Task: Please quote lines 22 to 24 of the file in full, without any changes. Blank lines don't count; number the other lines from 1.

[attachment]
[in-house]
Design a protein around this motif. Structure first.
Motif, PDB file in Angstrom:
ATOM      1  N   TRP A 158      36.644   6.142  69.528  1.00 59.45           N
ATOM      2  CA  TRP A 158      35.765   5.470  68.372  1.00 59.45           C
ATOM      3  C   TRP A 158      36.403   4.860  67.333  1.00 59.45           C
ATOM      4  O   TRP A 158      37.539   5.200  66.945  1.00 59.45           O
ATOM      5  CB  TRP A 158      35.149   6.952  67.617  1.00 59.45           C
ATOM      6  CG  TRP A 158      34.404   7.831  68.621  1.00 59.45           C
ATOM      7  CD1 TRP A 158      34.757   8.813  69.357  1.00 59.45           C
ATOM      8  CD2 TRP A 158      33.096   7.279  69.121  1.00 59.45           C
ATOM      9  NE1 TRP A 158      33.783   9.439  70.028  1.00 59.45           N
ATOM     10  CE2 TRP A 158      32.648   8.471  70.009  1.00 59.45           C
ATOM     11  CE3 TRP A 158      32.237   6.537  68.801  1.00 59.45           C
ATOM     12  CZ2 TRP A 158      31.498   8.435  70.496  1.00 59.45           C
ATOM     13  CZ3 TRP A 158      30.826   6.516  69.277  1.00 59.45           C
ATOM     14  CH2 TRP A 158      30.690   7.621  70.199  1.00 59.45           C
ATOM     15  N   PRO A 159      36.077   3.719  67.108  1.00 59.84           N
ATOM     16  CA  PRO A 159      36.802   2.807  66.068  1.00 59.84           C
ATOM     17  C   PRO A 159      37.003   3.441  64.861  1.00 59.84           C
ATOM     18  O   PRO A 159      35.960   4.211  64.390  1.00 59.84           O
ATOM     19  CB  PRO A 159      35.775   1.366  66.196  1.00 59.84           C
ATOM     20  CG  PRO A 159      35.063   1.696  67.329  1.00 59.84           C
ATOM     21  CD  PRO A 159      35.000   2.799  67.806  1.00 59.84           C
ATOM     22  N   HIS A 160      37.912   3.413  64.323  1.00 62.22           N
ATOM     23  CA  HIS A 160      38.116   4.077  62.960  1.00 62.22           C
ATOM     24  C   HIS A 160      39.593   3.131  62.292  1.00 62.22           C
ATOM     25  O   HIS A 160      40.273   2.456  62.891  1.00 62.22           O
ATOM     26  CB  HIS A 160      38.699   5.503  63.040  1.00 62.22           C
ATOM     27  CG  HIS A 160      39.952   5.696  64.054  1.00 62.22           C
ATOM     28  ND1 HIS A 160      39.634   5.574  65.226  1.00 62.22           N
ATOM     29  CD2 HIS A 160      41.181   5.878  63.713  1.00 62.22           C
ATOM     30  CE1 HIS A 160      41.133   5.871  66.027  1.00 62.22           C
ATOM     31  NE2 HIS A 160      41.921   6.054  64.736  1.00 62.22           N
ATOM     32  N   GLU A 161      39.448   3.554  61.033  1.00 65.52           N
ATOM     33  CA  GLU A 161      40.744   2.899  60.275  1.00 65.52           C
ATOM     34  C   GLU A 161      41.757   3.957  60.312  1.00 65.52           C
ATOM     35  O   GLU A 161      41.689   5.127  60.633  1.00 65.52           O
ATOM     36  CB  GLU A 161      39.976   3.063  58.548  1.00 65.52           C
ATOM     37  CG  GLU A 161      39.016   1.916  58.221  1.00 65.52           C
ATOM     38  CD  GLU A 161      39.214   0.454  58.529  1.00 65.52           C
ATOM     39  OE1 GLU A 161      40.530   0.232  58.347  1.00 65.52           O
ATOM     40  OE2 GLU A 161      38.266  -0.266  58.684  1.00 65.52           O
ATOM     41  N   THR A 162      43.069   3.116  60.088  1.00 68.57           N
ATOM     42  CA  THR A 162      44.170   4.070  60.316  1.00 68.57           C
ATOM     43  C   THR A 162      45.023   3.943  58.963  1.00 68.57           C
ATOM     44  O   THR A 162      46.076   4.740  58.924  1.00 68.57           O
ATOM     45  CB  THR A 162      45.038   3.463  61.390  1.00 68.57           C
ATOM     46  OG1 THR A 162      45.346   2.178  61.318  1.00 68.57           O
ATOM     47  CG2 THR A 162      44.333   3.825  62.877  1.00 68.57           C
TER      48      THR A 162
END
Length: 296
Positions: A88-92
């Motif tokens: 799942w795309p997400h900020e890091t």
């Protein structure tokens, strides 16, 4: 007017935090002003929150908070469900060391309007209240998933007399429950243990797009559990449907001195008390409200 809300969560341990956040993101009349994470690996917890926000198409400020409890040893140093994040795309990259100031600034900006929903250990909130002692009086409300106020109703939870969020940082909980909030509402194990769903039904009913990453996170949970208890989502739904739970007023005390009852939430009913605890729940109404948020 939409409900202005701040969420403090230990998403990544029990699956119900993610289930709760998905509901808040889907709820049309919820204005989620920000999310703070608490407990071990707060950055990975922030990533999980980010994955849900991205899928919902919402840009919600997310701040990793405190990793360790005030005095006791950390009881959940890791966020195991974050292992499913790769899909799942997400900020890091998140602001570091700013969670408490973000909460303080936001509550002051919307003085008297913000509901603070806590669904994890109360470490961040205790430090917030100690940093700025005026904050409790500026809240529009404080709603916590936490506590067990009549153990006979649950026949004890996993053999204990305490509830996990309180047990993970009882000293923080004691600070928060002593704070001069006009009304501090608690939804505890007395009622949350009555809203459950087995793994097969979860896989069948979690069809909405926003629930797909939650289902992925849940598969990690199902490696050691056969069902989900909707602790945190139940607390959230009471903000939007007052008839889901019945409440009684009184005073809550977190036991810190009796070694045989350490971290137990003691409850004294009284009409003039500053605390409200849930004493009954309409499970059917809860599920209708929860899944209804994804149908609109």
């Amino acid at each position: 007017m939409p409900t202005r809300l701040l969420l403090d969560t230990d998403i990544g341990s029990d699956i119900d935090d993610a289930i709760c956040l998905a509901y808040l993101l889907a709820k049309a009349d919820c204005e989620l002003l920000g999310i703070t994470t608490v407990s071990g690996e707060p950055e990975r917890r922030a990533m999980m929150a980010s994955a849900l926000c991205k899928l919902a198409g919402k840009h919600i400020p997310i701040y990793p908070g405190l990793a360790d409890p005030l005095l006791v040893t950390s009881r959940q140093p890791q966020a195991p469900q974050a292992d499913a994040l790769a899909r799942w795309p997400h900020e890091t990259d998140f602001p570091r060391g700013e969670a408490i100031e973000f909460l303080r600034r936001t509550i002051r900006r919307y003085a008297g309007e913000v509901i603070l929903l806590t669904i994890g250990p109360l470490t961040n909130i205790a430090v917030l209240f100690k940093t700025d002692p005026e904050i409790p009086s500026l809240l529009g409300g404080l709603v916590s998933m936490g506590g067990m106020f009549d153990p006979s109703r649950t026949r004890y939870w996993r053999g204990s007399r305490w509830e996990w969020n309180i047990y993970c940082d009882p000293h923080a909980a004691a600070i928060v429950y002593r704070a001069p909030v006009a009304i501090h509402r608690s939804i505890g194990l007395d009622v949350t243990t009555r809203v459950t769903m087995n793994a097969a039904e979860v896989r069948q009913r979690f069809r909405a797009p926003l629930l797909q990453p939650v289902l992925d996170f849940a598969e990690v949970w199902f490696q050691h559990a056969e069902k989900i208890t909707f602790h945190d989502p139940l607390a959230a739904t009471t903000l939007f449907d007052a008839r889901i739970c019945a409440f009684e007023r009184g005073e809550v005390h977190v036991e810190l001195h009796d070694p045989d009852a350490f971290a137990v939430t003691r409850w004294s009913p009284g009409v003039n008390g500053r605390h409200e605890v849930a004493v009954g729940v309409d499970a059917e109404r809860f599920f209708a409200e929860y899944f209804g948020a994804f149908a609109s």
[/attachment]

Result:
ATOM     19  CB  PRO A 159      35.775   1.366  66.196  1.00 59.84           C
ATOM     20  CG  PRO A 159      35.063   1.696  67.329  1.00 59.84           C
ATOM     21  CD  PRO A 159      35.000   2.799  67.806  1.00 59.84           C